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Identifying sediment compartment dynamics on the Illawarra Coast

Conference Paper


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Abstract


  • This project aims to produce a framework for assessing compartment dynamics

    within two sediment compartments in the Illawarra region to assist in assessing

    coastal hazards. Sediment sources, pathways and sinks will be examined for the

    Wollongong and Illawarra Coast – South compartments, defined by Geoscience

    Australia and CoastAdapt. A compartment based approach allows for more

    holistic coastal planning and management which considers sediment transport at

    differing scales, and interconnectivity of beaches. This type of approach

    underpins national guidance on open coast risk assessment and has been

    incorporated within the NSW Coastal Reforms and the Draft Coastal

    Management Manual.

    The adjacent sectors of the Wollongong Coast and Illawarra Coast-South

    compartments extend for approximately 30 km from Bellambi Point to Bass Point.

    The rock platform of Red Point marks the shoreline division between these two

    contrasting compartments. The Wollongong Coast is an urbanized relatively little

    studied leaky compartment, whereas the Illawarra Coast-South is a well-defined

    and confined compartment whose main sedimentary characteristics are

    represented by the infilling of the Lake Illawarra barrier estuary and the erosionprone

    Warilla Beach.

    This detailed examination of sediment resources brings together the state-wide

    coastal seabed mapping program being undertaken by the NSW Office of

    Environment and Heritage (OEH), and coastal geomorphological investigations

    being undertaken along the southern NSW coast by the University of Wollongong

    (UOW). These initiatives involve collation of historical data, sediment sampling,

    and the use of recently available sophisticated remote sensing technologies,

    such as terrestrial airborne LiDAR, single and multibeam bathymetry, sidescan

    sonar imagery, and underwater video and still camera.

UOW Authors


  •   Carvalho, Rafael C.
  •   Kinsela, Michael (external author)
  •   Hanslow, David (Dave) (external author)
  •   Hamylton, Sarah
  •   Linklater, Michelle (external author)
  •   Ingleton, Timothy (external author)
  •   Morris, B (external author)
  •   Allen, K (external author)
  •   Woodroffe, Colin

Publication Date


  • 2017

Citation


  • Carvalho, R., Kinsela, M., Hanslow, D., Hamylton, S., Linklater, M., Ingleton, T., Morris, B., Allen, K. & Woodroffe, C. (2017). Identifying sediment compartment dynamics on the Illawarra Coast. 26th NSW Coastal Conference (pp. 1-13).

Ro Full-text Url


  • http://ro.uow.edu.au/cgi/viewcontent.cgi?article=6406&context=smhpapers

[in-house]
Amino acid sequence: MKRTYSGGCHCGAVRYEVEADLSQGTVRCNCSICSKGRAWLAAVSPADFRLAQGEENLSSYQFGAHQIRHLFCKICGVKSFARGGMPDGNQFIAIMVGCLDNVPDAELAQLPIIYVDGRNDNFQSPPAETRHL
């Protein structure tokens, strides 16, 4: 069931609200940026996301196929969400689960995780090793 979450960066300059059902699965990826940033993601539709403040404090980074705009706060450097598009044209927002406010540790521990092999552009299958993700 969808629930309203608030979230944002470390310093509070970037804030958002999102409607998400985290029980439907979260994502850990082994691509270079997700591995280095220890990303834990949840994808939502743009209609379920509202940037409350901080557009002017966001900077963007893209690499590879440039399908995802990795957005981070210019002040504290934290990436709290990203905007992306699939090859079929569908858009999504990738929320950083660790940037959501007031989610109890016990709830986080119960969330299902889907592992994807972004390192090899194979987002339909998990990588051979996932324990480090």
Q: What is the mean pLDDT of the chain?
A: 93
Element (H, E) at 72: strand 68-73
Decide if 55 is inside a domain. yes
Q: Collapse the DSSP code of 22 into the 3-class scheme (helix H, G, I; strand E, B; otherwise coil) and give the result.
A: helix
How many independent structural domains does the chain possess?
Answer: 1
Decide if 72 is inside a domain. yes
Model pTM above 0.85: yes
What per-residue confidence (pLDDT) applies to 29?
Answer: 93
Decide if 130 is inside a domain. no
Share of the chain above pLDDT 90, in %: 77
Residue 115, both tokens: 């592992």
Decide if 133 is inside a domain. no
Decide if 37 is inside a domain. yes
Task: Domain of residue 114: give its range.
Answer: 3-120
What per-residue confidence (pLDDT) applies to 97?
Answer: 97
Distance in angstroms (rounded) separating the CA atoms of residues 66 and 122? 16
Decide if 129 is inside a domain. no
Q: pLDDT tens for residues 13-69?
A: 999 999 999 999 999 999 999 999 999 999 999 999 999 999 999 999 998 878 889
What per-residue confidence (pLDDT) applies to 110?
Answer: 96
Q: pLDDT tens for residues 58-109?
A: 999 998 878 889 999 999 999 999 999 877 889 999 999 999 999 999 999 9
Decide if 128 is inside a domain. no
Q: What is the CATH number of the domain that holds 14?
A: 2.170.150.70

Ro Metadata Url


  • http://ro.uow.edu.au/smhpapers/5352

Start Page


  • 1

End Page


  • 13

Abstract


  • This project aims to produce a framework for assessing compartment dynamics

    within two sediment compartments in the Illawarra region to assist in assessing

    coastal hazards. Sediment sources, pathways and sinks will be examined for the

    Wollongong and Illawarra Coast – South compartments, defined by Geoscience

    Australia and CoastAdapt. A compartment based approach allows for more

    holistic coastal planning and management which considers sediment transport at

    differing scales, and interconnectivity of beaches. This type of approach

    underpins national guidance on open coast risk assessment and has been

    incorporated within the NSW Coastal Reforms and the Draft Coastal

    Management Manual.

    The adjacent sectors of the Wollongong Coast and Illawarra Coast-South

    compartments extend for approximately 30 km from Bellambi Point to Bass Point.

    The rock platform of Red Point marks the shoreline division between these two

    contrasting compartments. The Wollongong Coast is an urbanized relatively little

    studied leaky compartment, whereas the Illawarra Coast-South is a well-defined

    and confined compartment whose main sedimentary characteristics are

    represented by the infilling of the Lake Illawarra barrier estuary and the erosionprone

    Warilla Beach.

    This detailed examination of sediment resources brings together the state-wide

    coastal seabed mapping program being undertaken by the NSW Office of

    Environment and Heritage (OEH), and coastal geomorphological investigations

    being undertaken along the southern NSW coast by the University of Wollongong

    (UOW). These initiatives involve collation of historical data, sediment sampling,

    and the use of recently available sophisticated remote sensing technologies,

    such as terrestrial airborne LiDAR, single and multibeam bathymetry, sidescan

    sonar imagery, and underwater video and still camera.

UOW Authors


  •   Carvalho, Rafael C.
  •   Kinsela, Michael (external author)
  •   Hanslow, David (Dave) (external author)
  •   Hamylton, Sarah
  •   Linklater, Michelle (external author)
  •   Ingleton, Timothy (external author)
  •   Morris, B (external author)
  •   Allen, K (external author)
  •   Woodroffe, Colin

Publication Date


  • 2017

Citation


  • Carvalho, R., Kinsela, M., Hanslow, D., Hamylton, S., Linklater, M., Ingleton, T., Morris, B., Allen, K. & Woodroffe, C. (2017). Identifying sediment compartment dynamics on the Illawarra Coast. 26th NSW Coastal Conference (pp. 1-13).

Ro Full-text Url


  • http://ro.uow.edu.au/cgi/viewcontent.cgi?article=6406&context=smhpapers

Ro Metadata Url


  • http://ro.uow.edu.au/smhpapers/5352

Start Page


  • 1

End Page


  • 13